I have been privileged to travel around the world over the last several weeks. As I have mentioned before in this column, one of my favorite things to do when out of town is to seek out greenways and …
I have been privileged to travel around the world over the last several weeks. As I have mentioned before in this column, one of my favorite things to do when out of town is to seek out greenways and trails, and compare them to our own great linear park, the Cleveland/Bradley County Greenway.
A few columns ago I detailed the greenways I found while at a conference in Singapore.
When I was at Disney World in May, I found myself comparing features and seeing if we could implement some of them here. Granted, anything Disney is going to have a layer of “wow,” not to mention a coating of cash.
I tried to keep that in mind as I ran the trail that encircled our resort. What I noted is we have what Disney has: a lighted concrete Greenway with benches and amenities. I was entertained by a series of colorful, waist-high trivia signs, something that was fitting for that resort, but not so much for our Greenway.
My most recent — and intriguing — trail comparison was a visit to Alaska in mid-June. I was primarily there to run the Mayor’s Half Marathon in downtown Anchorage, June 17. After the start from a city park and through a couple of neighborhoods, the race took us onto the Tony Knowles Coastal Trail, a beautiful path that I was told went for 10 miles one way.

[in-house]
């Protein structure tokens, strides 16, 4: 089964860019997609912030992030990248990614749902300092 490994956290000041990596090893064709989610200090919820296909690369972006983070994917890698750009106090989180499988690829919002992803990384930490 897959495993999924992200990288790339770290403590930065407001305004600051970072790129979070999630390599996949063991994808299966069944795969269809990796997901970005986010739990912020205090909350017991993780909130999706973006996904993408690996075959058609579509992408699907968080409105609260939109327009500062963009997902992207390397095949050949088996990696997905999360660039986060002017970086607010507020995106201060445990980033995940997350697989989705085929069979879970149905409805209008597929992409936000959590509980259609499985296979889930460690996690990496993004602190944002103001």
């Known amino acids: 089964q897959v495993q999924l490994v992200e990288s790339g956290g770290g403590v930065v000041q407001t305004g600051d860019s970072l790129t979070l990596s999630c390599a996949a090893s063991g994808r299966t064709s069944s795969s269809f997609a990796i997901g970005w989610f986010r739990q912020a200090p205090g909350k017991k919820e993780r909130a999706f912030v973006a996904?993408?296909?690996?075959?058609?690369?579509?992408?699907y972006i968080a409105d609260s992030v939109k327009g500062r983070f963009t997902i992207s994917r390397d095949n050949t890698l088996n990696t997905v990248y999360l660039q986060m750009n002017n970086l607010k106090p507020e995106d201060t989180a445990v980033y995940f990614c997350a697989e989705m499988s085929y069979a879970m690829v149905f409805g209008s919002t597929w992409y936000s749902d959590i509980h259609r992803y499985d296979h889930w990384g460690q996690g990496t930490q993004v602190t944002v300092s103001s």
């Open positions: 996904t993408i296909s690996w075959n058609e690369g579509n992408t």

On the portions I trekked I took mental notes and a few photos. Here are my three primary takeaways:
1. Through neighborhoods: The trail made its way through the backyards of some very expensive homes, some of which had no buffer zone — no fence, not even bushes … just green grass connecting right to the Greenway and all of its patrons.
2. No lights: Perhaps because it goes through these neighborhoods, there were no lights along the path. Granted, it stays daylight for 24 hours in June (try sleeping at midnight when the sun is still shining), but conversely, there is only about six hours of light in December. Without lighting, the trail, which snakes its way through a dense forest for part of the way, would be so dark you would not be able to see your hand in front of your face.
3. Pavement, not concrete: The entire trail was paved, a surface which is less expensive, quicker to lay, and less stressful on the knees of runners than concrete.
These three factors were also true of greenways I have run in other cities, including Salt Lake City, Nashville, and even Chattanooga. Most of those whose properties abut the Greenway realize that proximity increases home values and many welcome the patrons who use the Greenway with a simple trust they will not bother them.
As I mentioned in this column two weeks ago, these kinds of questions and decisions will need to be addressed as we move forward with our Greenway plans. The more we compare our Greenway what other cities are doing on theirs, the more knowledge we can use to our ultimate advantage.
Facebook: The Greenway
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